Home

Romeo and Juliet — Together (and Alive!) at Last

Middle-school romantics meet “Noises Off” by way of Shakespeare!  Based on Avi’s book of the same name, this script gives young actors the opportunity to do contemporary comedy, traditional Shakespeare, and all-out farce in one tour-de-force performance.  I’ve seen three productions, with actors ranging from upper elementary through high school, and they all handled it just beautifully.

Romeo and Juliet

The balcony scene from the Laguna Playhouse world premiere directed by Joe Lauderdale.

And, yes, it’s meant to be performed on the borrowed and not very sturdy set from a 7th grade production of “Washington Crossing the Delaware.”

Cast: 7m., 10w., 7m. or w. Expandable to 35 roles. The road to farce is paved with good intentions. Eighth-graders Pete Saltz and Anabell Stackpoole are in love, but terribly shy, so shy they can’t even look at each other, let alone speak. (Anabell buries her head in books; Pete stuffs his mouth with peanut butter cookies.) To bring the two together, classmates Ed Sitrow, Lucy Neblet, Priscilla Black, and others decide to stage a performance of Romeo and Juliet, with the reluctant Pete and Anabell voted into the title roles. Ed and Priscilla pen the abridged script, including passages their English teacher has encouraged them to underline, leaving out everything they don’t understand and imagining dream players speaking the lines to perfection. Lucy gamefully tackles the direction of the real-life cast. But lack of expertise, only two weeks of rehearsal, a set left over from the seventh-grade production of Washington Crossing the Delaware, and a classmate’s villainy threaten the well-meaning endeavor every step of the way. When the big day finally arrives, lines are dropped, costumes rip, scenery tumbles, potions spill, and Juliet’s bier nearly blows up. Yet, in spite of everything—or maybe because of it—true love triumphs in the end. Commissioned by the Laguna Playhouse and the University of Utah Department of Theatre. Area staging. Approximate running time: 90 minutes.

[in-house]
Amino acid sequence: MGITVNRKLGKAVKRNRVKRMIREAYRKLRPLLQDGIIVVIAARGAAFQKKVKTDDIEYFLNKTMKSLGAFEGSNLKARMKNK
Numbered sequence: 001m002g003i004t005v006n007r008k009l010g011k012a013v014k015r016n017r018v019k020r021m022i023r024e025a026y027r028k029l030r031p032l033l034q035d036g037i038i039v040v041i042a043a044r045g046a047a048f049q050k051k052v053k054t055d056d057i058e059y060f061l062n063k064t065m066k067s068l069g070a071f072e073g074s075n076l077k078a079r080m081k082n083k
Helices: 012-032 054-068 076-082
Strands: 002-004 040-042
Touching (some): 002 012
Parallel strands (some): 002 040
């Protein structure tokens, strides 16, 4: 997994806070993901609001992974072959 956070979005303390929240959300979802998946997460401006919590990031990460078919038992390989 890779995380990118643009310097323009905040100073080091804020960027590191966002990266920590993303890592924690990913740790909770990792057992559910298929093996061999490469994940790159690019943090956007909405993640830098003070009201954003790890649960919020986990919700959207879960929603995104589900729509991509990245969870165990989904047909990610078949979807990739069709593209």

For more information, a sample of the script, and to order copies:  http://www.dramaticpublishing.com/romeo-juliet-8212-and-alive-at-last

Advertisements

Leave a Reply

Fill in your details below or click an icon to log in:

WordPress.com Logo

You are commenting using your WordPress.com account. Log Out / Change )

Twitter picture

You are commenting using your Twitter account. Log Out / Change )

Facebook photo

You are commenting using your Facebook account. Log Out / Change )

Google+ photo

You are commenting using your Google+ account. Log Out / Change )

Connecting to %s

%d bloggers like this: